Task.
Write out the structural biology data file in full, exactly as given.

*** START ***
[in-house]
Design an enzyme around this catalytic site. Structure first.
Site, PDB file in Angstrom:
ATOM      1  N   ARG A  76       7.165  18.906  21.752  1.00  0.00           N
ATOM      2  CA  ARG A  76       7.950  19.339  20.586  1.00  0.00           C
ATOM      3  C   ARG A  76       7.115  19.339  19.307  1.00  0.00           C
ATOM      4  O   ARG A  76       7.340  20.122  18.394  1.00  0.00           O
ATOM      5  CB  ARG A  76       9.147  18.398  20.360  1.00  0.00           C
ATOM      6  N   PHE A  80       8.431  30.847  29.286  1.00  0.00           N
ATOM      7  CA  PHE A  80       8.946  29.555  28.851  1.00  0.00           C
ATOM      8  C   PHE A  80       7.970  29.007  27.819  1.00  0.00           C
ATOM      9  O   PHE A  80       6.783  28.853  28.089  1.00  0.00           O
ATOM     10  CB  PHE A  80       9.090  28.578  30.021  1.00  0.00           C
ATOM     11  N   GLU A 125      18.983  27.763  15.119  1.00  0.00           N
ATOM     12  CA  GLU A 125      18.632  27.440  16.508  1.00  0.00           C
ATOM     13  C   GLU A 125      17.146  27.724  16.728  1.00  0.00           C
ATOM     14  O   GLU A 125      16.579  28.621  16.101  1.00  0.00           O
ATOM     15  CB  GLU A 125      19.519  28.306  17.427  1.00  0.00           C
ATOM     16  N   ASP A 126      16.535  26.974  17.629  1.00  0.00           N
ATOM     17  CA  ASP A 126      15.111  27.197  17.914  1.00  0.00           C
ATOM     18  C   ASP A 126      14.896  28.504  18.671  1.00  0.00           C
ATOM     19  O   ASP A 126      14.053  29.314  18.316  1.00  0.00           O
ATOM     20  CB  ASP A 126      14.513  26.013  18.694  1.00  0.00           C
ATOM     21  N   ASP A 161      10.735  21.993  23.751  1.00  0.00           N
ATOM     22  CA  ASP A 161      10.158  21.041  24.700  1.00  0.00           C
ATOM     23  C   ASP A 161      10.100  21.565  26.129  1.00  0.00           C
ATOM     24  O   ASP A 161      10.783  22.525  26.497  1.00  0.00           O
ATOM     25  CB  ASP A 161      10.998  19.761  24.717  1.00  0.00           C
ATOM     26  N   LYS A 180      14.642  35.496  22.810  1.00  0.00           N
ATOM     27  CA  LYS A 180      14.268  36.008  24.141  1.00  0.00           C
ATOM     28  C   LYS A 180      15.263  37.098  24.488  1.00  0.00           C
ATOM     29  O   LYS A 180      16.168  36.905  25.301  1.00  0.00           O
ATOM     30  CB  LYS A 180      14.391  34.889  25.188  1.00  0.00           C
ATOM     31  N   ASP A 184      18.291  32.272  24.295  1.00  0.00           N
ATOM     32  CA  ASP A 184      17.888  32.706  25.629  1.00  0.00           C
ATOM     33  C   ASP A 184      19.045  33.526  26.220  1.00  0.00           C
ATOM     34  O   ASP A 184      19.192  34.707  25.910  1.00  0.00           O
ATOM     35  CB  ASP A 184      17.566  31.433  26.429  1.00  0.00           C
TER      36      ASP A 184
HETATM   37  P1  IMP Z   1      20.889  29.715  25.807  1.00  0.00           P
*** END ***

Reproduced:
[in-house]
Design an enzyme around this catalytic site. Structure first.
Site, PDB file in Angstrom:
ATOM      1  N   ARG A  76       7.165  18.906  21.752  1.00  0.00           N
ATOM      2  CA  ARG A  76       7.950  19.339  20.586  1.00  0.00           C
ATOM      3  C   ARG A  76       7.115  19.339  19.307  1.00  0.00           C
ATOM      4  O   ARG A  76       7.340  20.122  18.394  1.00  0.00           O
ATOM      5  CB  ARG A  76       9.147  18.398  20.360  1.00  0.00           C
ATOM      6  N   PHE A  80       8.431  30.847  29.286  1.00  0.00           N
ATOM      7  CA  PHE A  80       8.946  29.555  28.851  1.00  0.00           C
ATOM      8  C   PHE A  80       7.970  29.007  27.819  1.00  0.00           C
ATOM      9  O   PHE A  80       6.783  28.853  28.089  1.00  0.00           O
ATOM     10  CB  PHE A  80       9.090  28.578  30.021  1.00  0.00           C
ATOM     11  N   GLU A 125      18.983  27.763  15.119  1.00  0.00           N
ATOM     12  CA  GLU A 125      18.632  27.440  16.508  1.00  0.00           C
ATOM     13  C   GLU A 125      17.146  27.724  16.728  1.00  0.00           C
ATOM     14  O   GLU A 125      16.579  28.621  16.101  1.00  0.00           O
ATOM     15  CB  GLU A 125      19.519  28.306  17.427  1.00  0.00           C
ATOM     16  N   ASP A 126      16.535  26.974  17.629  1.00  0.00           N
ATOM     17  CA  ASP A 126      15.111  27.197  17.914  1.00  0.00           C
ATOM     18  C   ASP A 126      14.896  28.504  18.671  1.00  0.00           C
ATOM     19  O   ASP A 126      14.053  29.314  18.316  1.00  0.00           O
ATOM     20  CB  ASP A 126      14.513  26.013  18.694  1.00  0.00           C
ATOM     21  N   ASP A 161      10.735  21.993  23.751  1.00  0.00           N
ATOM     22  CA  ASP A 161      10.158  21.041  24.700  1.00  0.00           C
ATOM     23  C   ASP A 161      10.100  21.565  26.129  1.00  0.00           C
ATOM     24  O   ASP A 161      10.783  22.525  26.497  1.00  0.00           O
ATOM     25  CB  ASP A 161      10.998  19.761  24.717  1.00  0.00           C
ATOM     26  N   LYS A 180      14.642  35.496  22.810  1.00  0.00           N
ATOM     27  CA  LYS A 180      14.268  36.008  24.141  1.00  0.00           C
ATOM     28  C   LYS A 180      15.263  37.098  24.488  1.00  0.00           C
ATOM     29  O   LYS A 180      16.168  36.905  25.301  1.00  0.00           O
ATOM     30  CB  LYS A 180      14.391  34.889  25.188  1.00  0.00           C
ATOM     31  N   ASP A 184      18.291  32.272  24.295  1.00  0.00           N
ATOM     32  CA  ASP A 184      17.888  32.706  25.629  1.00  0.00           C
ATOM     33  C   ASP A 184      19.045  33.526  26.220  1.00  0.00           C
ATOM     34  O   ASP A 184      19.192  34.707  25.910  1.00  0.00           O
ATOM     35  CB  ASP A 184      17.566  31.433  26.429  1.00  0.00           C
TER      36      ASP A 184
HETATM   37  P1  IMP Z   1      20.889  29.715  25.807  1.00  0.00           P